Reaccreditation, Class of 2015 among board meeting highlights
3:24 p.m., May 11, 2011--Reaccreditation and a look at the Class of 2015 highlighted presentations made during the semiannual meeting of the University of Delaware’s Board of Trustees on Tuesday, May 10, in the Trabant University Center.
University President Patrick Harker gave trustees a detailed account of UD’s recent reaccreditation by the Middle States Commission on Higher Education, which found UD to be in compliance with all 14 standards.
Forest to pharmacy
Ed Tech Conference
“The process was extremely valuable,” Harker said. “Many of our own findings from our self-study and our Path to ProminenceTM review were echoed by the Middle States evaluation team, led by Carnegie Mellon University President Jared Cohon.”
Harker said UD asked evaluators to look at some of the key milestones at the heart of UD’s education mission, including providing a diverse and stimulating undergraduate experience, a premier research and graduate university and striving for excellence in professional education.
“The Middle States reviewers acknowledged that a strategic plan as bold as ours needs infrastructure that enables its achievement,” Harker said. “They credited part of that infrastructure, responsibility-based budgeting, with catalyzing as much change on campus as the Path to Prominence.”
While reviewers noted that this budgeting system is a mechanism for empowering deans, directors, chairs and faculty, it also represents a big change for the University’s previous highly centralized budget system.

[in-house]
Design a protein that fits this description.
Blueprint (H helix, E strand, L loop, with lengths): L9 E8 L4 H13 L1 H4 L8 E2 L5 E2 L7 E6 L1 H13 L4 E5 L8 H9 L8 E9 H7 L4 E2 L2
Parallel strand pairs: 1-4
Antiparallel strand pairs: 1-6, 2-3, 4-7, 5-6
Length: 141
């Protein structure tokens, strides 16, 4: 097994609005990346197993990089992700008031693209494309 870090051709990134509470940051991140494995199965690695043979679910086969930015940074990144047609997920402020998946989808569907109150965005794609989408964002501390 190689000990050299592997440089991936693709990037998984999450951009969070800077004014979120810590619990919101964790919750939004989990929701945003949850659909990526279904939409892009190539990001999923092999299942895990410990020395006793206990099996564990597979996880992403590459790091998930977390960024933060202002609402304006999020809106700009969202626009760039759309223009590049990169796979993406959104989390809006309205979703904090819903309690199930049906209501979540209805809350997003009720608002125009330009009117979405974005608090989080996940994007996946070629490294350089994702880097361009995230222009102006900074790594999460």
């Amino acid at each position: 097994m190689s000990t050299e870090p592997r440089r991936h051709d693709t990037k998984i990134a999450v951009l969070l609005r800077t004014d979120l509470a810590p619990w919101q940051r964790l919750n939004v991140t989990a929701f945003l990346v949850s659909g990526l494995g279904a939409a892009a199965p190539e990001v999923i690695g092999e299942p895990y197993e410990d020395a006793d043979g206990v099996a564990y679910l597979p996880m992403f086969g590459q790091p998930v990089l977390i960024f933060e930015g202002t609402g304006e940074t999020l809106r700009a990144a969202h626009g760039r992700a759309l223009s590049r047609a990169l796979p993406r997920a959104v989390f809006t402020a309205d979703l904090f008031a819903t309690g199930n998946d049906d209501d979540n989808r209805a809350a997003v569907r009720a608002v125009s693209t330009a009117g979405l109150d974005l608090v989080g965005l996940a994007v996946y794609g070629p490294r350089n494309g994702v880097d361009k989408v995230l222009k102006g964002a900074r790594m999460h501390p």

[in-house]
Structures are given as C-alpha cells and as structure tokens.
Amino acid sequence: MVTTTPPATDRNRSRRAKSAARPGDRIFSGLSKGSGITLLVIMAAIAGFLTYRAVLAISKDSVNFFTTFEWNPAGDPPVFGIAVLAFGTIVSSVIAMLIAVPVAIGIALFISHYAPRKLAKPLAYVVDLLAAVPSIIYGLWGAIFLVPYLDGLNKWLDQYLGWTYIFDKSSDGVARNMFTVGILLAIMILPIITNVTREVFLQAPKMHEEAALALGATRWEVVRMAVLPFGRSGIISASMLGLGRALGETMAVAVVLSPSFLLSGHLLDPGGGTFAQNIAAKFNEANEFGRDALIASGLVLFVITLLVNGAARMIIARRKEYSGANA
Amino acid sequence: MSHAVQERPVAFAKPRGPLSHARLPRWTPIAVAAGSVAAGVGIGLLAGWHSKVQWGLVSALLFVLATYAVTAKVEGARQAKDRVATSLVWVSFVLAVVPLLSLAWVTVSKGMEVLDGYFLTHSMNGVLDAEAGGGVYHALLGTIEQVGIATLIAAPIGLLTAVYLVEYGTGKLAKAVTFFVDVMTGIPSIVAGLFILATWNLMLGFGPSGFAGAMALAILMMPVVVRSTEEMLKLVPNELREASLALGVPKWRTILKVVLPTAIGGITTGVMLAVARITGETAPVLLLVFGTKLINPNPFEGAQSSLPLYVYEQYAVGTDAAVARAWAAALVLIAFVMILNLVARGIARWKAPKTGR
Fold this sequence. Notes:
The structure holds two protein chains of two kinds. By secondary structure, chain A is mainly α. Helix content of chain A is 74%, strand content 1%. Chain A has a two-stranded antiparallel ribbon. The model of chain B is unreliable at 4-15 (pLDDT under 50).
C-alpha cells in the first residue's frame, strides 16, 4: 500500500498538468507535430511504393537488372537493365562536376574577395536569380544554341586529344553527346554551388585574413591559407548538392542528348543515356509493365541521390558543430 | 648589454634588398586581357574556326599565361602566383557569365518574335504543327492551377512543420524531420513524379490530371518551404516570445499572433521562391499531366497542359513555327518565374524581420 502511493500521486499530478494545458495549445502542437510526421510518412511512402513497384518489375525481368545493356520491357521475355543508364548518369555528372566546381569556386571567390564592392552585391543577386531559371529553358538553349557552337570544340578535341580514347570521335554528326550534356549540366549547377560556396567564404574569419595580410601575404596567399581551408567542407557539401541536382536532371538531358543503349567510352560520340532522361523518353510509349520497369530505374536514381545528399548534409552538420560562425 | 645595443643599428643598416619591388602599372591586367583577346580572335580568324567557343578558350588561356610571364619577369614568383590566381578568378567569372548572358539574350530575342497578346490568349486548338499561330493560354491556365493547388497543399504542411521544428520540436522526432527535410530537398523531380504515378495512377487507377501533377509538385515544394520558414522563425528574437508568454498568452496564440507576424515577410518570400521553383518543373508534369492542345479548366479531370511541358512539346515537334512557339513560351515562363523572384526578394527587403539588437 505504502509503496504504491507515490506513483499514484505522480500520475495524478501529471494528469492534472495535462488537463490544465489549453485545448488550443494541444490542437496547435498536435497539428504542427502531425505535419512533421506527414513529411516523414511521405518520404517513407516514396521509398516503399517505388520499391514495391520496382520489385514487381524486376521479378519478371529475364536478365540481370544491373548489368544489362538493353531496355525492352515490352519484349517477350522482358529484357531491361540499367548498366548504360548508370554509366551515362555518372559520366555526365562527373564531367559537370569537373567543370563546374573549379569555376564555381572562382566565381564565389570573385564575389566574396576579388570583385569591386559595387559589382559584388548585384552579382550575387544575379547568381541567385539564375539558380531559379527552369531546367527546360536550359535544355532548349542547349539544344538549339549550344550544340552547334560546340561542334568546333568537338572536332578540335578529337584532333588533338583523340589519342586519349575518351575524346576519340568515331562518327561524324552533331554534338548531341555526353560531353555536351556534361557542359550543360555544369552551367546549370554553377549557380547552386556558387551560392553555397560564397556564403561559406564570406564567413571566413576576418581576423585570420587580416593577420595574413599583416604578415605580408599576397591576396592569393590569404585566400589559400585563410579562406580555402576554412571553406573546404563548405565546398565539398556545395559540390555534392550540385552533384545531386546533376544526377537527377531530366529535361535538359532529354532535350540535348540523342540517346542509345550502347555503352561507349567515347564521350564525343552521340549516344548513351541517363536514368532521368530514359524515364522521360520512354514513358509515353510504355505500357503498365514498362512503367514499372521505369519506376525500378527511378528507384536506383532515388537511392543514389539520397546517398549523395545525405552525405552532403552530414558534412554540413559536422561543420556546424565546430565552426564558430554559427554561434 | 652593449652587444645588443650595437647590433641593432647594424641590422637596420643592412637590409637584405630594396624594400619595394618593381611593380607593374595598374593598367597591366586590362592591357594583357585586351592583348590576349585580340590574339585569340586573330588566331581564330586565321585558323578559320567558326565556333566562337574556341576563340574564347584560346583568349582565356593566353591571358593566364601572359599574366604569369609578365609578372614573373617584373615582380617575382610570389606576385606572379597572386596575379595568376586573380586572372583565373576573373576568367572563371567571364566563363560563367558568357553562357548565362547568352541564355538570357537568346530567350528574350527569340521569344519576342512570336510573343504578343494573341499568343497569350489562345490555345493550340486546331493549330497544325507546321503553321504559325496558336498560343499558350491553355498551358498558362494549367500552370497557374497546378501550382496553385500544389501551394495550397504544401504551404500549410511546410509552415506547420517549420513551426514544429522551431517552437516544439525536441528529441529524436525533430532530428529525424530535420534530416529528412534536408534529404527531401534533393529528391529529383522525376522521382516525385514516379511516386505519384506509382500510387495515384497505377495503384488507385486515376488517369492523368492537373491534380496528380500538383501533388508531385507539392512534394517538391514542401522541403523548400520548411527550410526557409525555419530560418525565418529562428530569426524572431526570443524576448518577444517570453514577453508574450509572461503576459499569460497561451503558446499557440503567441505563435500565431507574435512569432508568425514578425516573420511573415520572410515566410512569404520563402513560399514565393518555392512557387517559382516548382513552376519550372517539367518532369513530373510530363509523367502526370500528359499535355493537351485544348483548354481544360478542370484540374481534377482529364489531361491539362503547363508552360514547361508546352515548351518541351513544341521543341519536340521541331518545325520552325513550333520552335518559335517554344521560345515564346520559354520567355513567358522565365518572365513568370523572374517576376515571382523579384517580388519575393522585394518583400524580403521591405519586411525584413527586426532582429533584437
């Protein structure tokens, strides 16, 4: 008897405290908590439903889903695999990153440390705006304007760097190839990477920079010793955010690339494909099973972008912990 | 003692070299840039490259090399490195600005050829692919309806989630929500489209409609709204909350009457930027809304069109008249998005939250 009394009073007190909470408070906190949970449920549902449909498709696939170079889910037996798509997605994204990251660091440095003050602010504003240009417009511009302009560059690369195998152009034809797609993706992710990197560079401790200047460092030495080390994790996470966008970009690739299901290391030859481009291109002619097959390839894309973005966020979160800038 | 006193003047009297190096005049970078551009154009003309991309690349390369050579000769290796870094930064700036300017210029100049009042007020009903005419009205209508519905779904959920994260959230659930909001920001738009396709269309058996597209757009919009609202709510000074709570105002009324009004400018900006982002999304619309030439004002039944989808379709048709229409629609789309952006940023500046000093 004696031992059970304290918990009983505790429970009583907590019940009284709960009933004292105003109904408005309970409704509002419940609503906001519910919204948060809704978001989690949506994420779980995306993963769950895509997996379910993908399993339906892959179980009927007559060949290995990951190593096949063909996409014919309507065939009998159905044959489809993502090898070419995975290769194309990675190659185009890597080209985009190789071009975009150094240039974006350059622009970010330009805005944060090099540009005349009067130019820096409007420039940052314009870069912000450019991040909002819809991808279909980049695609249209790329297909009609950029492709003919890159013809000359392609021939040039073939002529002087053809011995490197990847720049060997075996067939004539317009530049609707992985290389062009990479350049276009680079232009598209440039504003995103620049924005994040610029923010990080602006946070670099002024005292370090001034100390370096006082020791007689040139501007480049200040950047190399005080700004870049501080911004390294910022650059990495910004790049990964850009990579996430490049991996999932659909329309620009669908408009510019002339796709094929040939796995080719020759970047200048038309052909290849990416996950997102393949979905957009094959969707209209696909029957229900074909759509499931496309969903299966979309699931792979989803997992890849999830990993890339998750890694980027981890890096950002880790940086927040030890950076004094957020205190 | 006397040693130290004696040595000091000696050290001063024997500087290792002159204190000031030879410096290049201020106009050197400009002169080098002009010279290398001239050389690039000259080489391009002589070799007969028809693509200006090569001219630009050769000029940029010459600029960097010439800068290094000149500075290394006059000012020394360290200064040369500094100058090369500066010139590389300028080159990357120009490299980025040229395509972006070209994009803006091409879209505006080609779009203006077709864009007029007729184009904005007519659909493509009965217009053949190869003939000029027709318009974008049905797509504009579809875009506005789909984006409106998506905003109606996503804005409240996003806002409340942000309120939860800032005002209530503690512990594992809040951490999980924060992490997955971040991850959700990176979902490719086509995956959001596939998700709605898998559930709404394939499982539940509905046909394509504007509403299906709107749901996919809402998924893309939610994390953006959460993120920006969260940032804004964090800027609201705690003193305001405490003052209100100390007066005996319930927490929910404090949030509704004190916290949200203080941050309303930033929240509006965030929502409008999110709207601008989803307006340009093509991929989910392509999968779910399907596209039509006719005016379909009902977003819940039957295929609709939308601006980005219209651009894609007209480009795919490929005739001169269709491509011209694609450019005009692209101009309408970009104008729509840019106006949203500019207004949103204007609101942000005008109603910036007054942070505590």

“We need to be clear that there won’t be a trade-off between generating revenue, sustaining academic quality and providing public service,” Harker said. “We need to be sensitive to faculty concerned about their role in a research-intensive university and to be faithful communicators, transparent in our decision-making.”
The Middle States report also indicated that UD must improve diversity among students, faculty and staff, Harker said.
“In a remarkably positive report, diversity drew the starkest words from the evaluators, who said, ‘with few exceptions, the University trails its peers in every measure of diversity in every constituency of the institution,’” Harker said. “We have to change that.”
Evaluators also suggested that the University pay attention to the richness and coherence of its Honors Program, especially at its upper levels, and that it strengthen its First Year Experience, making it more uniform and more integrated across the University, Harker said.
Harker also updated trustees on the status of the internal study regarding a law school at UD.
“In December, you, the Board, authorized the preparation of two analyses required for the establishment of a law school: a draft feasibility study and a draft business plan,” Harker said. “Since then, a team of University officials has conducted a thorough analysis to determine whether a law school would contribute to UD and to the community, and whether its cost is manageable, given the University’s other priorities.”
The task force, chaired by Lawrence White, UD vice president and general counsel, concluded that the start up-costs and projected operating expense, costs any top-flight law school must bear, would raise concerns given current priorities.
“While I acknowledge the benefits to be gained by a UD law school, benefits that the last several months of analysis have illuminated, I have proposed to the Board that we terminate further active consideration of this initiative,” Harker said. “There is the possibility that we could reconsider a law school at some future date, but only if its establishment can be achieved without displacing existing University priorities.”
Class of 2015
Trustees also got a preview of the Class of 2015 from Louis Hirsh, UD director of admissions, who said that the incoming freshman class -- 3,880 students have accepted admission as of May 10 -- would be both the largest and most accomplished class in the UD’s history.
Hirsh also noted that academically stronger students applied in greater numbers than before, and academically weaker students stopped applying.